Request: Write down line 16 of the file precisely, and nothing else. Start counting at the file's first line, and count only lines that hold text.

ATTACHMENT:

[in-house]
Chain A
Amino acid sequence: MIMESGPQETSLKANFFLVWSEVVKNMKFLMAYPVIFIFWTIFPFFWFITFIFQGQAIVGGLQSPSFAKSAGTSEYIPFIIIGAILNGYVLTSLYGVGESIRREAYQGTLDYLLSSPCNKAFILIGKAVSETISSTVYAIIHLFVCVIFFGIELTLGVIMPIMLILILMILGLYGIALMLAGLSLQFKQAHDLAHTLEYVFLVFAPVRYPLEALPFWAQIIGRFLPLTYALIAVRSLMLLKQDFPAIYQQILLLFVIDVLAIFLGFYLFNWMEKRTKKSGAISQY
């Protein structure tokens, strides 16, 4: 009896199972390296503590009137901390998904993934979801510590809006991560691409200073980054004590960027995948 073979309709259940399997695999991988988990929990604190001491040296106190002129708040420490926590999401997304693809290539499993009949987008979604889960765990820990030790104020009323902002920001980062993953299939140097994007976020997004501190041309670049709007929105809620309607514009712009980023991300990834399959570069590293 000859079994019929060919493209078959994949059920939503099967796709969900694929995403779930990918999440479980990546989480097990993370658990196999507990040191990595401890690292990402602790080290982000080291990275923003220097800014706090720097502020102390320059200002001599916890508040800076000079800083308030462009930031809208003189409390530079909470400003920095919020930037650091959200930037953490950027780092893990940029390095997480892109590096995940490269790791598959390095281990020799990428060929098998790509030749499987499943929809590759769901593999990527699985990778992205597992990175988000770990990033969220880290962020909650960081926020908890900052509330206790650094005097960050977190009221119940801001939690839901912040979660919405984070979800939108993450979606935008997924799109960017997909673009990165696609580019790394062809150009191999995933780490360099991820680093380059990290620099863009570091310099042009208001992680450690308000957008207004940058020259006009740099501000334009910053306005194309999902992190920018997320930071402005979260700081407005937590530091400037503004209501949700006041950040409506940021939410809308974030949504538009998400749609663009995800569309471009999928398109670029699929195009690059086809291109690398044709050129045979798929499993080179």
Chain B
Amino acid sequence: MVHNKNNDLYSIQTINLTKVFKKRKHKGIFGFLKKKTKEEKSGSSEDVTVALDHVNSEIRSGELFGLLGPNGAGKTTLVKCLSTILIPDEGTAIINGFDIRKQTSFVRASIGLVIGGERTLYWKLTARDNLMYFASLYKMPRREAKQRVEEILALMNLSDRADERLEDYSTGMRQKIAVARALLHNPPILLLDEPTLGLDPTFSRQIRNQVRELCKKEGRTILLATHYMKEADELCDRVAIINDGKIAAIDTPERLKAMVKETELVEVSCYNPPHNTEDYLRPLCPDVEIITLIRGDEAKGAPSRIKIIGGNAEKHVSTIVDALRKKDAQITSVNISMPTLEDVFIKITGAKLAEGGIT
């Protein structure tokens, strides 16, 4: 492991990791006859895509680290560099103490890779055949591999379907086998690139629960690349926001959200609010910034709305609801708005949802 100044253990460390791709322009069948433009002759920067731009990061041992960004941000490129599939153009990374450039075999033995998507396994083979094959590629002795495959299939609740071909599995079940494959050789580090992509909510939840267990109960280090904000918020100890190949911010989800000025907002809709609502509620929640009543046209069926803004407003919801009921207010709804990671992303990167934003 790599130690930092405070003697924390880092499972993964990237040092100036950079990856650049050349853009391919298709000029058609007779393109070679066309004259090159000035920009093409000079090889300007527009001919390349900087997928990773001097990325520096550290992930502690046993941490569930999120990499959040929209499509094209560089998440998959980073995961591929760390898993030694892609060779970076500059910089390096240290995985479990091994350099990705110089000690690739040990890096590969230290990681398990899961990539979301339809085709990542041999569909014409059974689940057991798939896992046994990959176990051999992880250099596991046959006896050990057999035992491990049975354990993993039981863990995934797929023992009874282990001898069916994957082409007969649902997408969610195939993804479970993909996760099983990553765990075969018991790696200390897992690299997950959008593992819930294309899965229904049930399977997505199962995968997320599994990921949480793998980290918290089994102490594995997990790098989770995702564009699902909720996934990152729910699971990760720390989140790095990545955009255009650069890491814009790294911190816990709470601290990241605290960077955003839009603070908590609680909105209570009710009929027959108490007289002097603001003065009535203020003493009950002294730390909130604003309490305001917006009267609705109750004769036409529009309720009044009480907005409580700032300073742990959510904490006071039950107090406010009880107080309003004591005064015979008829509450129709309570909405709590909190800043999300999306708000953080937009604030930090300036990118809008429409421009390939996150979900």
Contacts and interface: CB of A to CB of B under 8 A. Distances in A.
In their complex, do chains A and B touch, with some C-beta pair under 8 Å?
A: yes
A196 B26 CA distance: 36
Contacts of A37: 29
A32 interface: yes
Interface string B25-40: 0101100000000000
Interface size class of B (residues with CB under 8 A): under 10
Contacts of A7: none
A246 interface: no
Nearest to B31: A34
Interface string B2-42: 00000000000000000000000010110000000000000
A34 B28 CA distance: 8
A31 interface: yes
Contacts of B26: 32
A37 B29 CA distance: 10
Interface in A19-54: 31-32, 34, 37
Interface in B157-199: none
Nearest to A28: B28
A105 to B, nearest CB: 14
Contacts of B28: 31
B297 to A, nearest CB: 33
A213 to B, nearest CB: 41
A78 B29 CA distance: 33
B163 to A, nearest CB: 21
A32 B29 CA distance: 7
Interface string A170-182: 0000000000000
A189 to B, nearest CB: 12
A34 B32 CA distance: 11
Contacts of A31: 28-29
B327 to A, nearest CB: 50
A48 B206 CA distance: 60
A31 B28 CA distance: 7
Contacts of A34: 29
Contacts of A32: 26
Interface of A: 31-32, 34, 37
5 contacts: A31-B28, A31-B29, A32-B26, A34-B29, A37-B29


Contacts of A7: none